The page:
Dude, I am not gonna lie - today rocks. Like socks spread with lox at Fort Knox (well, that actually sounds pretty gross, so it's probably better than that. but you get the point). The baby had an extremely successful mommy-free hour at preschool (hardly any crying! happy-happy play time!), I finished a bad-ass scarf thing for my mother, and there are glimmers of hope on the job/having a life outside of my children front. EVERYTHING'S COMING UP GRETCHEN (maniacal laughter, panting, final wheeze)!!!!!!!!!!!!!!!! Things are so good, in fact, that I'm not even embarrassed to admit that every time I look at this band name, I think of the beer rather than the whole "Lone Star State" aspect of it. At least I've got my priorities straight!
Which brings us to our next section, or what there is to know about Lonestar besides the beer/Texas connection. And it turns out the answer is a LOT: although I hadn't even HEARD of the band before this week (yup, didn't follow country till I started this blog), they've been making music and shaking their groove thangs for twenty years now, and this album is an anniversary celebration of sorts (according to the bio on their website, which, to be fair, makes absolutely no mention of any sort of "groove" or "thang"). And although you probably know all of this stuff if you stumbled across this post knowing a little sumthin' sumthin' about the band already, I'll tell you what else I found out anyway. Band members include lead singer & pianist Richie McDonald, lead guitarist & backup vocalist Michael Britt, drummer Keech Rainwater (man, I would love to meet that guy's parents), and keyboardist/acoustic guitarist/backup vocalist Dean Sams, and this is the first album they've released since 2007 that has McDonald on vocals - apparently, he lent his lead singer position to a certain Cody Collins while pursuing a solo career. And since I don't know a single song by the group that isn't on this album, I'll let McDonald do the talking regarding how this record differs from the band's previous efforts (from an interview on Digital Journal): "Well, I think what's different about this one is that we got to produce it, so I think we had a little more creative control. We actually wrote nine of the 12 songs, so we really feel, for the first time in our careers, that this is really us more than ever." What's even more shocking is that they also had FUN while doing it, or as McDonald tells Songfacts, "So I think this time we're just recording music, having fun doing it, and cherishing every moment night after night, riding on the bus together, and not taking ourselves too seriously." And here I figured being a country music singer would be such a drag!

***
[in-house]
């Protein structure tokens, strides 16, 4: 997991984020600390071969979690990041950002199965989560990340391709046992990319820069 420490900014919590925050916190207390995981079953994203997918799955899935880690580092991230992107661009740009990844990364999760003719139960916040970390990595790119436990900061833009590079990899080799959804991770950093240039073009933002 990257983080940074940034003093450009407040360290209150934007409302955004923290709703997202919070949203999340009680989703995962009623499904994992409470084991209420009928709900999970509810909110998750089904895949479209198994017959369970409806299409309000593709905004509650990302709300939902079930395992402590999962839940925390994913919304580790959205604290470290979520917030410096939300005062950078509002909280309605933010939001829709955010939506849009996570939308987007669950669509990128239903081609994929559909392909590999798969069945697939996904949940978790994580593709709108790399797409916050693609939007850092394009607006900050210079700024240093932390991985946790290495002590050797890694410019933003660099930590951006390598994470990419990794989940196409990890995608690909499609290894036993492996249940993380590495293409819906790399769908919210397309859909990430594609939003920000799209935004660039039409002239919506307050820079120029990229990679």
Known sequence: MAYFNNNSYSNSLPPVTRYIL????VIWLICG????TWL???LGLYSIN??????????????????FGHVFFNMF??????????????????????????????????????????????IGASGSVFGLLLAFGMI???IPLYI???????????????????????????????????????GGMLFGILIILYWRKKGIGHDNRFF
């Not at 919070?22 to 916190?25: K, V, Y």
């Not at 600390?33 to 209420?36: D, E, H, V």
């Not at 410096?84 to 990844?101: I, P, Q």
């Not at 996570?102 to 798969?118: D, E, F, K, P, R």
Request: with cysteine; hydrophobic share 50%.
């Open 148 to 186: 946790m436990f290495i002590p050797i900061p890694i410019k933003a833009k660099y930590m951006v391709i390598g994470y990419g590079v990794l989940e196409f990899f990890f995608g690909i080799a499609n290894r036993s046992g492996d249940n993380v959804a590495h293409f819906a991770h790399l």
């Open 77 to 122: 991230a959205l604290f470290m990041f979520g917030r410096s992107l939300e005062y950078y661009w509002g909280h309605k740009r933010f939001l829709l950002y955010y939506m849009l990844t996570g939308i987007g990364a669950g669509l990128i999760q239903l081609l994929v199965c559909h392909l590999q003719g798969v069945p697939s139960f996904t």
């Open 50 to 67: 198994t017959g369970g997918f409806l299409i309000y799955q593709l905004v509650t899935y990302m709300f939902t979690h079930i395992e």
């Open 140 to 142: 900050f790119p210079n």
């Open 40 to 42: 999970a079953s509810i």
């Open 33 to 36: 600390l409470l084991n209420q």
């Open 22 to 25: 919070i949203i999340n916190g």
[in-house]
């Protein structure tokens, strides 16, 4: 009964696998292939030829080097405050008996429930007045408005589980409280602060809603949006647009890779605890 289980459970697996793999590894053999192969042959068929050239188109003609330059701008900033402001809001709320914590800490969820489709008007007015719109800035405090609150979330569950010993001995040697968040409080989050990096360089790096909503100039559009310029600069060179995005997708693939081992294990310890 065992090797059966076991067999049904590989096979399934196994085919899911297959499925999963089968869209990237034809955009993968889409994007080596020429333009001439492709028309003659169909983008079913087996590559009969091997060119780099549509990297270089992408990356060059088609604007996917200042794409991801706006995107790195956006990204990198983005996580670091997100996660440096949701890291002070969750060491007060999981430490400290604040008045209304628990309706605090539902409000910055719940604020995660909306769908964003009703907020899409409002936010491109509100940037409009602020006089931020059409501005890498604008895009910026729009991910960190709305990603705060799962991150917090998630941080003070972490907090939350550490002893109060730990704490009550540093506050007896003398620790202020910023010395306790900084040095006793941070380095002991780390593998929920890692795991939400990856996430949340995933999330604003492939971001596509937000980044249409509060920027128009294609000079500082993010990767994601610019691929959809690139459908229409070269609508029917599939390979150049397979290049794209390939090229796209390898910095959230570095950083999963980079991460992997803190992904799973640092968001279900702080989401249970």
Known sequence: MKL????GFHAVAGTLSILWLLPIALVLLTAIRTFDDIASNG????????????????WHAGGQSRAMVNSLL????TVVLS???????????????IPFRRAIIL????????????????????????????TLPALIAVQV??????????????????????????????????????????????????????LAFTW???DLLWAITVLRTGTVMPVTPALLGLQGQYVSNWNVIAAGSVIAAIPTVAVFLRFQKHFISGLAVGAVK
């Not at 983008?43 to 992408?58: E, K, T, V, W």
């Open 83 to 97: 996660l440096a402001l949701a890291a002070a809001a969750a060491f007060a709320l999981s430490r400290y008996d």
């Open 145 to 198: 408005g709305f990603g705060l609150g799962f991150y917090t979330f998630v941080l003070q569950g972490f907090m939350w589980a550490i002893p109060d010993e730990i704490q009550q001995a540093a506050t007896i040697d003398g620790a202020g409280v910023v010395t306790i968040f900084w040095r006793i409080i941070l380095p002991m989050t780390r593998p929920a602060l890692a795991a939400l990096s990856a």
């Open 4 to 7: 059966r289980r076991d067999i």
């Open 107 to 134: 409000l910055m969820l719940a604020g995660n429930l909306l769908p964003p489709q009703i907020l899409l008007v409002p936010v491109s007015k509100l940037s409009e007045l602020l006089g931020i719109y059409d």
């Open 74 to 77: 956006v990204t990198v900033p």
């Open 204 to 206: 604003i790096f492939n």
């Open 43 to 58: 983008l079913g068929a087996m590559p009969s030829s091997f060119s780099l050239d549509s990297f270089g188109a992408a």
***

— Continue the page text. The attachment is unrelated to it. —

So you may have already surmised this from my Devil-may-care attitude, but this is not an album I plan to take seriously at any point during this post, although that's more of a result of my giddy disposition than any serious suckage or Clapton-esque whimsy. However, it's also a totally standard country record with your standard, pleasant assortment of songs which run the gamut from twangy, emotional ballads ("Just the Rain") to content back-porch sing-alongs ("Pretty Good Day"), to verging-on-Luke-Bryan-style-party tracks ("Party All Day") (except without a shred of offensiveness or nudity). It also has what I would call totally standard instrumentation, although McDonald calls it "maybe a little more edgy on some songs" when he's talking to Digital Journal (which, I'll admit, confuses me - maybe I need to listen to some of their past work in order to get an idea of what's less edgy than this completely innocuous album). However, McDonald seems to think that arena-rocker "How Can She Be Everywhere" is a crazy-quirky one, what with its '80s-rock screamin' guitar background and brassy drums and all ("2 am Vegas strip with Big & Rich, and there she is/Disney World, Taj Mahal, it's a small world after all"), and the revved-up plucked strings and snapped fingers of "Party All Day" could, theoretically, be the work of a younger band ("Summertime's here the days are getting longer/They get outside, feelings getting stronger"). And in a different vein there's also "I Did It for the Girl", which trades in the pun-ridden, slightly dorky country sass for a homier, more nostalgic feel that proves its earnestness with piano ("A couple years on down the road/I asked Rebecca to marry me/I traded in that gold Corvette/For a diamond ring").
So yeah, I'm a jerk, and while this album is totally listenable karaoke-fodder that will most likely fuel the fans, I don't find it to require serious thought: it is what it is, you know, or in other words it's a reasonably-catchy, safe-for-grandma type of record. And since there's a helluvalot of territory between barrier-breaking and embarrassing, this album, much like the beer, occupies a place somewhere in the middle. So in the words of The Beer Buddha, which I'm taking from the context of enjoying the similarly-named beverage, this record would be "Great... for after mowing the lawn or while you're grilling." Or while you're drinking a Lone Star.